Palace of Fine Arts is at Palace Dr. and Lyon St., at the w. end of the Marina District. It is the last remaining structure associated with the 1915 Panama-Pacific Exposition, and the only one located at its original site. The design of this classically elegant building took its inspiration from ancient Greek and Roman architecture. After the exposition ended the palace functioned as a World War II storage facility for trucks and jeeps, a city Parks Department warehouse and a temporary fire department headquarters. The crumbling structure was demolished in 1964 and reconstructed right down to the original sculptures, ornamental urns, friezes and carved decorations that collectively symbolize Greek culture.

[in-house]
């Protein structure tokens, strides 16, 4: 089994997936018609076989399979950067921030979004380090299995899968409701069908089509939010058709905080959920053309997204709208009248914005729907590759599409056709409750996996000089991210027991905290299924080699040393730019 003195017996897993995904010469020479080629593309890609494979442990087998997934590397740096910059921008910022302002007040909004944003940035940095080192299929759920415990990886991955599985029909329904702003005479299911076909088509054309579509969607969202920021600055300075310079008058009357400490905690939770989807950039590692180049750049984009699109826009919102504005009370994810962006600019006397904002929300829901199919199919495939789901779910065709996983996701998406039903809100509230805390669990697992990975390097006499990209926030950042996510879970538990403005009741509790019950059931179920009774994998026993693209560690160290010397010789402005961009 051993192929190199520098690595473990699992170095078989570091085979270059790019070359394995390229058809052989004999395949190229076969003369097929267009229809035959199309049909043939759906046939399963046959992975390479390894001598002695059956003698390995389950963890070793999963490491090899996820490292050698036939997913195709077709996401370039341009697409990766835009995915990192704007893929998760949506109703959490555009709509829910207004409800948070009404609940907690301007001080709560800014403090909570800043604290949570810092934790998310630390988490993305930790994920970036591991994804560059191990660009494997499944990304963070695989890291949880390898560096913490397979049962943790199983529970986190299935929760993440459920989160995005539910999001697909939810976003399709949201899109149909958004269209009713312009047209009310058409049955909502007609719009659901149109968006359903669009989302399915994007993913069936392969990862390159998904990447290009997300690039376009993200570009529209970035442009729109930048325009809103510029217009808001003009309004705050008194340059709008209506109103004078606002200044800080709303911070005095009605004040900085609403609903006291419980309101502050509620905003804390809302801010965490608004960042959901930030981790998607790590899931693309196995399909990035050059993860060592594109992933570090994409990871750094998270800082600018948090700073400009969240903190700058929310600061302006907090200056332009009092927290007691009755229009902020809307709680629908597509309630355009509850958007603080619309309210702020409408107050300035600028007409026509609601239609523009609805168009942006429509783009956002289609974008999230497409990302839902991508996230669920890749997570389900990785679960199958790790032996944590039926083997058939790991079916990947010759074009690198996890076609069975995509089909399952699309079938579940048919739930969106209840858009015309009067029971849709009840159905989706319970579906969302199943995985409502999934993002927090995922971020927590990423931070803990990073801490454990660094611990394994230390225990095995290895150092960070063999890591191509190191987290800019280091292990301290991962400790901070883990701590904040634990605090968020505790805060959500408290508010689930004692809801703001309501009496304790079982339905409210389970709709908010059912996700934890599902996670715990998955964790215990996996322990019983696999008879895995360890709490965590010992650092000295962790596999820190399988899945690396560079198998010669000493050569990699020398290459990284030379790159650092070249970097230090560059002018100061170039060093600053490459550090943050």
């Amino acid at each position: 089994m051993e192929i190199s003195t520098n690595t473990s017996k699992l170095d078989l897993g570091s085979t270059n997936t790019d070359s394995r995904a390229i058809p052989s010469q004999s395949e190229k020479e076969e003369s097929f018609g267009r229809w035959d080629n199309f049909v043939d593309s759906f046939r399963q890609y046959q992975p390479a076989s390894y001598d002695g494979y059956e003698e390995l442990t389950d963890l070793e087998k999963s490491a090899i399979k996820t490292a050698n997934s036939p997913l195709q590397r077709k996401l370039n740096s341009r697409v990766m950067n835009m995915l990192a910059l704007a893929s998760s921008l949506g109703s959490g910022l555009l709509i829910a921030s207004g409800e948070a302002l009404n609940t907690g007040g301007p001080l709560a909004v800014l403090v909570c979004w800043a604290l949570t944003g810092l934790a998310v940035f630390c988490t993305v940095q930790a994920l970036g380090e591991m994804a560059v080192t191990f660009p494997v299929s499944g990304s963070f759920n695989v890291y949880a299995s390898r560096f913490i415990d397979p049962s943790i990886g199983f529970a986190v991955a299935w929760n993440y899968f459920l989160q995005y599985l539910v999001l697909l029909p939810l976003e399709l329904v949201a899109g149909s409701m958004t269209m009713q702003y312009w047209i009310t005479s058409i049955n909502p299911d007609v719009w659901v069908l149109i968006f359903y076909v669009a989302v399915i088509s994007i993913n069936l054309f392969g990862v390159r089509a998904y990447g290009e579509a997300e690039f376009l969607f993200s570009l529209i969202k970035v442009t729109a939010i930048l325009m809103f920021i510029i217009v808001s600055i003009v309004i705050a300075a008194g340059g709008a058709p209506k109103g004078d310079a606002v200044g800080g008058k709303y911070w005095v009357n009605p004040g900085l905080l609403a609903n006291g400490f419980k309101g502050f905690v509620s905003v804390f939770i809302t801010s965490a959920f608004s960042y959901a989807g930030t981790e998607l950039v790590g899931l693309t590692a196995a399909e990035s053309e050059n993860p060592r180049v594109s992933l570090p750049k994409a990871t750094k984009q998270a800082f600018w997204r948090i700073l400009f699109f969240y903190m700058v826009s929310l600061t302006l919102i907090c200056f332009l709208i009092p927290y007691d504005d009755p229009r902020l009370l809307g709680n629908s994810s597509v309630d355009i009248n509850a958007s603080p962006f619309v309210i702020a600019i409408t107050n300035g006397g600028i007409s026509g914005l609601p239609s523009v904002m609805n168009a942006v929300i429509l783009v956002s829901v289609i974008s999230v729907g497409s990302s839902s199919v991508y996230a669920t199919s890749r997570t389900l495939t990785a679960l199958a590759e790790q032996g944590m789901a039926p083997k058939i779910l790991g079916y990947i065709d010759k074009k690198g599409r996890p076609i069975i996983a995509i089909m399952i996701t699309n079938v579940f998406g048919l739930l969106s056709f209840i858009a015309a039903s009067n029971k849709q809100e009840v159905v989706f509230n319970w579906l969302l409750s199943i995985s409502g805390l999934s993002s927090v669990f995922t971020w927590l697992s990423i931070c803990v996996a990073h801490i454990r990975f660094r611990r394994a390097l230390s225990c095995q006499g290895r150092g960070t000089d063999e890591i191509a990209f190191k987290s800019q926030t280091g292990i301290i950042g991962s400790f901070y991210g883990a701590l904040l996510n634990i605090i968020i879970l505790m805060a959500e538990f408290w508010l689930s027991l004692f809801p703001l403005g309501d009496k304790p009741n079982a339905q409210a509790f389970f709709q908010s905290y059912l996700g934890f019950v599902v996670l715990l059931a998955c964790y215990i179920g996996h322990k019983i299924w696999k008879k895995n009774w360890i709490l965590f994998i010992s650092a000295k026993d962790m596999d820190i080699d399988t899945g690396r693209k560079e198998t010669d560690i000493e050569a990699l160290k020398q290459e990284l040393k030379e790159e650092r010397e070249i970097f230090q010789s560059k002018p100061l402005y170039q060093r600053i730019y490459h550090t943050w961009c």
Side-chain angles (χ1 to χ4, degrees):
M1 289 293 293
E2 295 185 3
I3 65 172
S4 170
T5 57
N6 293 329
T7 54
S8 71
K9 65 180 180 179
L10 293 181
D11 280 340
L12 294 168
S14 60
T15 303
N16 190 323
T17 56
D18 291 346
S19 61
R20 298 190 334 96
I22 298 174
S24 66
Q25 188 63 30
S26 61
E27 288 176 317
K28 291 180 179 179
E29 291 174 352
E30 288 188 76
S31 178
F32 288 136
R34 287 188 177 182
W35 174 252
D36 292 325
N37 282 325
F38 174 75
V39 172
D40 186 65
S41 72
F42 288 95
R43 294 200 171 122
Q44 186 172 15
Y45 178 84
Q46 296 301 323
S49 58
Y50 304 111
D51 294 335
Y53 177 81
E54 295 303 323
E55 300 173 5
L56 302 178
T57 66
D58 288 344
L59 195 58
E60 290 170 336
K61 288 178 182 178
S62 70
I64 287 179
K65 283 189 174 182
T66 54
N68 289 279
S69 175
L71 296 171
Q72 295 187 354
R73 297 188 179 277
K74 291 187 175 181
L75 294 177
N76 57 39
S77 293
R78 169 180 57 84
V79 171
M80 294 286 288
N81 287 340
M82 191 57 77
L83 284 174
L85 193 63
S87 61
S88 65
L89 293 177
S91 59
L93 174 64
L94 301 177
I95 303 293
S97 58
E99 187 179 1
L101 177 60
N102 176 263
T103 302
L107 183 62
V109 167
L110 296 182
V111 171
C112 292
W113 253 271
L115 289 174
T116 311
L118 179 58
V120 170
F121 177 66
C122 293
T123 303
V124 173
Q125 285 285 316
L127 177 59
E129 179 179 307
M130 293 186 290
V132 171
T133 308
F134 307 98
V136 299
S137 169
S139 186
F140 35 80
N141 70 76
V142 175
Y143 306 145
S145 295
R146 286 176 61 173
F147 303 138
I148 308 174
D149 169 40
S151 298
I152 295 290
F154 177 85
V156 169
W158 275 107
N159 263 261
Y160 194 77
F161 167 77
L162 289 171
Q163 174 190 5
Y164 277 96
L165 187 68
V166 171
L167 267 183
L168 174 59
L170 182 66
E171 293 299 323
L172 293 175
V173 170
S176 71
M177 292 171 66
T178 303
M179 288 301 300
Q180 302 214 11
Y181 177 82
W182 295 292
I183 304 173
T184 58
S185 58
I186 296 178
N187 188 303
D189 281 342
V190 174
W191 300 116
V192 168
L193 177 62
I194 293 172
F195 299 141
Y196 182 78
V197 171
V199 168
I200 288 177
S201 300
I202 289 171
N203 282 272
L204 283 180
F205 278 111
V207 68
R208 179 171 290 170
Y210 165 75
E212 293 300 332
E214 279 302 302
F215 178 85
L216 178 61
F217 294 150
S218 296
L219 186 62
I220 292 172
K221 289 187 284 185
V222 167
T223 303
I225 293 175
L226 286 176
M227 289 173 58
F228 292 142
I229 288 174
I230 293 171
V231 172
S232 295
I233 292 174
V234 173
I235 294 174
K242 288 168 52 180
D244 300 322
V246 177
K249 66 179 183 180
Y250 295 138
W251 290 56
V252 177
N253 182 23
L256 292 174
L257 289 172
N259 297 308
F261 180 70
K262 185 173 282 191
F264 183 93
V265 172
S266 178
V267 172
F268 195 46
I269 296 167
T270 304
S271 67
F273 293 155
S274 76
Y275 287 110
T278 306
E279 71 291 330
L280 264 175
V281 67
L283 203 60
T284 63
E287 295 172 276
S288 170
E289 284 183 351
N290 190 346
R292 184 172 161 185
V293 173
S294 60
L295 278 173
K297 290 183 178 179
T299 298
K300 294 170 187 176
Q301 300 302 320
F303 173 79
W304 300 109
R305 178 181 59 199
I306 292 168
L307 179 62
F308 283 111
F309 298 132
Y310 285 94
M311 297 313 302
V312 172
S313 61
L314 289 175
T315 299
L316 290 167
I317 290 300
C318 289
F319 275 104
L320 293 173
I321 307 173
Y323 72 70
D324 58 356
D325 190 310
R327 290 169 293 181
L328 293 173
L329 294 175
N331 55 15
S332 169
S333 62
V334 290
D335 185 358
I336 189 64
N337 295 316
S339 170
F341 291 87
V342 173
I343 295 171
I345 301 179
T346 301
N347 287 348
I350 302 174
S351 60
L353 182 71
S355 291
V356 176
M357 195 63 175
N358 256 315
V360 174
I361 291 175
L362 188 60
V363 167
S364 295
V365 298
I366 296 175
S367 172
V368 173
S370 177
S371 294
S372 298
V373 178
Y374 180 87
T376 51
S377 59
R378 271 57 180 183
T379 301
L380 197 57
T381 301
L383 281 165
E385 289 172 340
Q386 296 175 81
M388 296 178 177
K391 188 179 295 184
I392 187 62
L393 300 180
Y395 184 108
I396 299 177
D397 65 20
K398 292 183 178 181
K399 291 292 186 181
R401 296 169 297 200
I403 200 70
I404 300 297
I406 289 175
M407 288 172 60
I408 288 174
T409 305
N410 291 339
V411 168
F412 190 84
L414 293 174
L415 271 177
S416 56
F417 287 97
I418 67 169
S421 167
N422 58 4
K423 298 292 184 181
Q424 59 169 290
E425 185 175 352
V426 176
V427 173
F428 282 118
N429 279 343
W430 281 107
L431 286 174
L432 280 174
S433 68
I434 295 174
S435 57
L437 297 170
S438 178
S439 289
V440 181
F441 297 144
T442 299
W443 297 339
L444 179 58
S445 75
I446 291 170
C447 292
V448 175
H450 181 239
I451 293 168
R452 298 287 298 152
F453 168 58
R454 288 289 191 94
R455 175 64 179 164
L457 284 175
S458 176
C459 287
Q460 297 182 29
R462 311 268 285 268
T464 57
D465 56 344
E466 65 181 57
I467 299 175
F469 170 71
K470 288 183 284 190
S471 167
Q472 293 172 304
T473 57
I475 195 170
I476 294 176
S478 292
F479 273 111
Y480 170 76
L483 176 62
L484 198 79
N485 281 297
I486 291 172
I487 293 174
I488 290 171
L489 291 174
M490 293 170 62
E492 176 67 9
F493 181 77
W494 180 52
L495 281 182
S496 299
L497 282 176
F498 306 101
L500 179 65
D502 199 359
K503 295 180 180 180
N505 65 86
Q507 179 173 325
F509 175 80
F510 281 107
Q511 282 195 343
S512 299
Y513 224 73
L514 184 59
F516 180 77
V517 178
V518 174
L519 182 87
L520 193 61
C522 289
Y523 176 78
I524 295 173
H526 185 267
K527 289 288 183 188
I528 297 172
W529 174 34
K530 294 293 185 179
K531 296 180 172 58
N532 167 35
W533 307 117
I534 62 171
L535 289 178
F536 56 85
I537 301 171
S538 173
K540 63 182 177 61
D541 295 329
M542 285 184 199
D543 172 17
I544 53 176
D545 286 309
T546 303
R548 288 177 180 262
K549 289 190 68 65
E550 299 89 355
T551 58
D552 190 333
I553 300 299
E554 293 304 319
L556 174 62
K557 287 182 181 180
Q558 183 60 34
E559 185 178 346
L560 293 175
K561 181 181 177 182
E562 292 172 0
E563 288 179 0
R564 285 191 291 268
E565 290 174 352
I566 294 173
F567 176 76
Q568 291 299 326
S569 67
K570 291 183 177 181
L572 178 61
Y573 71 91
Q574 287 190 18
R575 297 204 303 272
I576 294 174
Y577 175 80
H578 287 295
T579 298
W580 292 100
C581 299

Built around an artificial lagoon, the palace complex is made up of a domed, colonnaded pergola flanked by rows of Corinthian columns. Walkways wind beneath the dome and around the lagoon, which not only provides a mirrored surface to reflect the grand architecture but offers a home for ducks, swans and migrating waterfowl. Inside is the 962-seat Palace of Fine Arts Theatre.